Higher-end SLR cameras include a pentaprism to transmit the image from the lens to the viewfinder, whereas lower-end SLR cameras use a pentamirror to accomplish the same task.

  1. What are the differences between a pentaprism and a pentamirror?
  2. Why is a pentaprism preferable to a pentamirror in a SLR camera?

The basic difference is that a pentaprism is a solid block of glass. This means it's fairly heavy. It has mirroring material on all but two sides, so the light enters one side, gets reflected around inside, and then comes out the one other un-mirrored side. This means there are only 2 air/glass interfaces involved: one where light enters the prism, and one where it leaves the prism. This keeps light loss to a minimum.

A pentamirror does pretty much the same thing, but it's composed of a number of separate mirrors, so there's air in the middle instead of a block of solid glass. This makes it considerably lighter and less expensive. It also means there's an air/glass interface for each individual mirror, so there's quite a bit more light loss.

As a result, a pentamirror is used almost exclusively in relatively low-end cameras where reduced expense and weight matter more than a relatively dim view through the viewfinder.

  • 3
    There are no mirror coatings on a pentaprism, they work based on total internal reflection. – Brandon Dube Apr 25 '17 at 22:18
  • So, because the pentamirror has more loss of light than the pentaprism, does that necessarily mean photo quality is better with the prism? – Philip Trepanier Jun 28 '19 at 12:18
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    @BrandonDube: Having torn apart a few cameras, I can tell you with certainty that at least some do have mirror coatings on the outside. It may not do a whole lot, but it's definitely there in at least some cases. – Jerry Coffin Jun 28 '19 at 13:53
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    @PhilipTrepanier: No. The pentaprism/mirror in only in the light path from the lens to the viewfinder, not in the path from the lens to the film/sensor. It has no direct effect on picture quality (as opposed to indirect effects, such as framing the picture better if you can see it better). – Jerry Coffin Jun 28 '19 at 18:05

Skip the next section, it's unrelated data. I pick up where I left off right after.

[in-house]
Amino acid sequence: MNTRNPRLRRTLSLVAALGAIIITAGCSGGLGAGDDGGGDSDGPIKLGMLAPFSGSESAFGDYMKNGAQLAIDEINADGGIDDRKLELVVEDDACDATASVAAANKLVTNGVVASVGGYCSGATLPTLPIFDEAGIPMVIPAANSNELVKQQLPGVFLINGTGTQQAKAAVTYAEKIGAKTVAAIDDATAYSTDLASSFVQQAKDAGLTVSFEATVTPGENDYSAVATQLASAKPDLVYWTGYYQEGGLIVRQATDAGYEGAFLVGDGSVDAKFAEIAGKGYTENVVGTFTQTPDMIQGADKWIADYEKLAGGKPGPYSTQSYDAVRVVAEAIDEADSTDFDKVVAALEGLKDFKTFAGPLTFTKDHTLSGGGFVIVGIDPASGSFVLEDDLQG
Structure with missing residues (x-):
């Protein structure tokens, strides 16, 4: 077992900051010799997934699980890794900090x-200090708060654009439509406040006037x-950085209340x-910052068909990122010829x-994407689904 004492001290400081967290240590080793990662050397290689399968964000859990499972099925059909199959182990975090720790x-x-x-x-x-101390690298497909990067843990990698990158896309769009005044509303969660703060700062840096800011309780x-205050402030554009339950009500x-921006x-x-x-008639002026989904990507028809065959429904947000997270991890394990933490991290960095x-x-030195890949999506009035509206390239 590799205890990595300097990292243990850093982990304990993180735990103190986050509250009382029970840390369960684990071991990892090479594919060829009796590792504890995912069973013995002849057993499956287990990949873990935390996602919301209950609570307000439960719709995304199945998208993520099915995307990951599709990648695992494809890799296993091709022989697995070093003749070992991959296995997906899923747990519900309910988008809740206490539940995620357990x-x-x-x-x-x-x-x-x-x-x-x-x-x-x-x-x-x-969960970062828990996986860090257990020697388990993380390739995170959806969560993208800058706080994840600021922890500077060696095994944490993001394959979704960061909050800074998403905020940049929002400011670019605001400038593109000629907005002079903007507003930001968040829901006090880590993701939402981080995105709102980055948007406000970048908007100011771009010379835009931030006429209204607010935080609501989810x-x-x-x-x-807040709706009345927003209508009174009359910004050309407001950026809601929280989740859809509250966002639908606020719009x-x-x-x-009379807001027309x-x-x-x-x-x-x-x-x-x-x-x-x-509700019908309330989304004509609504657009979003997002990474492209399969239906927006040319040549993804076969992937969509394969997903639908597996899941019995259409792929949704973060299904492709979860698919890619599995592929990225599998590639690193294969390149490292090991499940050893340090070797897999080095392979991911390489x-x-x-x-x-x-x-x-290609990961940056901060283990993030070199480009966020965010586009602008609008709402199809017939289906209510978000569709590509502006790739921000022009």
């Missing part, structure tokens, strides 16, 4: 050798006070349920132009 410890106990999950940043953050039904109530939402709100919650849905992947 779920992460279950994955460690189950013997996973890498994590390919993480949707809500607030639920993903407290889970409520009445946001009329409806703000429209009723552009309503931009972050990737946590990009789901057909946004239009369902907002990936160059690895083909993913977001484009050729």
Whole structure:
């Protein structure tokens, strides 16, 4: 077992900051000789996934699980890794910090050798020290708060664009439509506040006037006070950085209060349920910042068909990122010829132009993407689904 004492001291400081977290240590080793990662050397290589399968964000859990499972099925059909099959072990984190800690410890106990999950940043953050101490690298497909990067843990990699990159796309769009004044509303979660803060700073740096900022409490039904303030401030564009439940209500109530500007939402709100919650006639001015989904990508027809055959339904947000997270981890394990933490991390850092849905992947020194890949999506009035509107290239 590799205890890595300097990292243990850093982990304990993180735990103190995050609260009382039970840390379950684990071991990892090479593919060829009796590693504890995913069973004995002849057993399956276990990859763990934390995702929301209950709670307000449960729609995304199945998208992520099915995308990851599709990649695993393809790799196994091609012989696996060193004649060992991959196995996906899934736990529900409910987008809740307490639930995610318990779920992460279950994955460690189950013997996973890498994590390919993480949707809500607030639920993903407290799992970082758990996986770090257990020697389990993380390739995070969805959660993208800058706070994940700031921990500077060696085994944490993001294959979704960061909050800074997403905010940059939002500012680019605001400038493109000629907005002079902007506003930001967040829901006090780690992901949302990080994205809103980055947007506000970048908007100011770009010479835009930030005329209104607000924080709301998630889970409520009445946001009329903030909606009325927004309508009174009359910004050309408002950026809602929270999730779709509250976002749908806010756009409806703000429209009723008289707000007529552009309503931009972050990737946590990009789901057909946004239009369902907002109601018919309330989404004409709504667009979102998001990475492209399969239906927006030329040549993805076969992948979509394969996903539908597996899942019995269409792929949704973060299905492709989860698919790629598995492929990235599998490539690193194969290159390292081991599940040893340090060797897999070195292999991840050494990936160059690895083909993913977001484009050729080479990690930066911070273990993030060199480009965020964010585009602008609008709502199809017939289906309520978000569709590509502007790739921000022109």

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    @PhilipTrepanier: the thing that is better with a pentaprism is the viewfinder. Depending on how much you care about good viewfinders (I am a viewfinder obsessive...) this may matter more or less to you. However pentaprisms are generally associated with higher-end cameras which may also have better image quality than cheaper ones, so to that extent they do correlate with better image quality, perhaps. – user82065 Jun 28 '19 at 20:23

And for a visual:





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    +1 - Pentaprism is better, but your diagrams make pentamirror seem way cooler ;-) – Drew Jan 18 '12 at 8:38
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    Is there a reason why they have different shapes? – clabacchio Oct 16 '14 at 9:00
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    This is an addition to Nick Bedford's answer, and answers clabacchio's question. The extra right angle on top of the pentamirror illustration is "roof" of a roof pentaprism or roof pentamirror, which is actually what is used in a SLR. This reverses the image laterally, compensating for the reversal done by the lens. This is why the image in the viewfinder is correctly oriented. – user36866 Jan 8 '15 at 7:01
  • 2
    This doesn't really answer the question. And the diagrams from Wikipedia need attribution :( – Please Read My Profile Nov 6 '19 at 13:32

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